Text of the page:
In summary, Yoga philosophy seeks the state of ” Sattva”. But how can you reach this state of mind? And how do you know you’ve found it?
“Sattva is basically characterized by high awareness, mental and moral strength, but also by naivety. Decisions are made based on values and you are free from worldly desires. You are good with yourself and for yourself. Other sattvic qualities are: calm, peaceful, friendly, enthusiastic, beautiful and satisfied.”
You can work on your Sattva on different levels (body sheaths).
Koshas – Body Sheaths
The Ayurveda and also the Yoga philosophy define different subtle body sheaths also called Koshas. To summarize, the deeper the Kosha, the more subtle it becomes.
We do not want to go into too much detail about Ayurveda psychology here, so we will stick to the connection between Ayurveda and Yoga. Your yoga practice mainly affects the first two Koshas, Anna-maya-Kosha “food sheath” and Prana-maya-Kosha “energy sheath”. The yoga asanas and pranayama exercises, as well as meditation, are based on these body sheaths, and the health effects then continue on and on to the subtle sheath, the Ananda-maya-Kosha “joy sheath”.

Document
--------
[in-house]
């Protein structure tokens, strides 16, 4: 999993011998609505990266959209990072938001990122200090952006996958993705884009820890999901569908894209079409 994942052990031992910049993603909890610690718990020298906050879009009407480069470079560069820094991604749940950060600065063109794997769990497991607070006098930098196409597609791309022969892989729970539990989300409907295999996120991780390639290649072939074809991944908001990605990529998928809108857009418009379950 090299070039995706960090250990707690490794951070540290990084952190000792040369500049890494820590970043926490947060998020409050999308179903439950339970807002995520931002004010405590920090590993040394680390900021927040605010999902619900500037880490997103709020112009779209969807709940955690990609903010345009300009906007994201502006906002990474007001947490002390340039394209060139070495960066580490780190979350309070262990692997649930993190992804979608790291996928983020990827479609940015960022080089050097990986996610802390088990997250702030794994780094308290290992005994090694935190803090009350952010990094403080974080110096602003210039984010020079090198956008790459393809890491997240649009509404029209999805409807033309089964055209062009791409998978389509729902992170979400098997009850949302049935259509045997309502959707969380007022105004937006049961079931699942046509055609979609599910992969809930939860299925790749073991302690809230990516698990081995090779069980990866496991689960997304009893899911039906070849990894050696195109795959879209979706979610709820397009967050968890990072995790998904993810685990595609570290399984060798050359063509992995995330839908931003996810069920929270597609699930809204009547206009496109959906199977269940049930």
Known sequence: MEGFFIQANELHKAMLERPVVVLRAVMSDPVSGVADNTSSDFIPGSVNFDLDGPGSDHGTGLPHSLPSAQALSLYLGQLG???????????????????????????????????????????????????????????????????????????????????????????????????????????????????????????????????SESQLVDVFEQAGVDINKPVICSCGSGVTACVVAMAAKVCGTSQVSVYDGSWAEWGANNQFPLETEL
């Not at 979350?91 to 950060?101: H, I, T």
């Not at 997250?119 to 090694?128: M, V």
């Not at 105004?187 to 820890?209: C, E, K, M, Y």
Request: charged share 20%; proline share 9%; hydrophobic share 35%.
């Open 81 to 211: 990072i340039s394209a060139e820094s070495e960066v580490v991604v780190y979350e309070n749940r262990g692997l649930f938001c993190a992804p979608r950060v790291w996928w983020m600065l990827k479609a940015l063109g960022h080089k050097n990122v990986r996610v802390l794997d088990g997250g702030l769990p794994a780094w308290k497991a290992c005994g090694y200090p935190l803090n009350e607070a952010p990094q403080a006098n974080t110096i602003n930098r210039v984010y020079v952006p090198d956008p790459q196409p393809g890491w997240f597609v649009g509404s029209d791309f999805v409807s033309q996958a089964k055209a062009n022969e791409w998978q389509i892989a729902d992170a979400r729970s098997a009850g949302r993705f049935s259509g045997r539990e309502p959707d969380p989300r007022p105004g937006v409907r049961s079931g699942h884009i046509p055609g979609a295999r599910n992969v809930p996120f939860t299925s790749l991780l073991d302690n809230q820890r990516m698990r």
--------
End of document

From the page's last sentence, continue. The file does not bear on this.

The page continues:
So you can feel different effects on all levels through certain Yoga Asanas. And this in turn leads to a state of sattva, the health and strength of mind and joy within you!
Extend your yoga practice with Ayurveda – 5 tips
Ayurveda and Yoga thus work hand in hand to strengthen the well-being of each individual.
We have summarized for you 5 practical tips from the Ayurveda philosophy, which can support your yoga practice.
- Besides the yoga asanas, pay attention to a regular practice of pranayama, breathing exercises, and meditation. With a daily practice of these mindfulness methods you will soon notice that relaxation and peace can spread within you. When your Prana ( breath ) flows through the body, body and mind connect.
- Try to drink warm water throughout the day. How about a warm water with lemon and ginger right after getting up?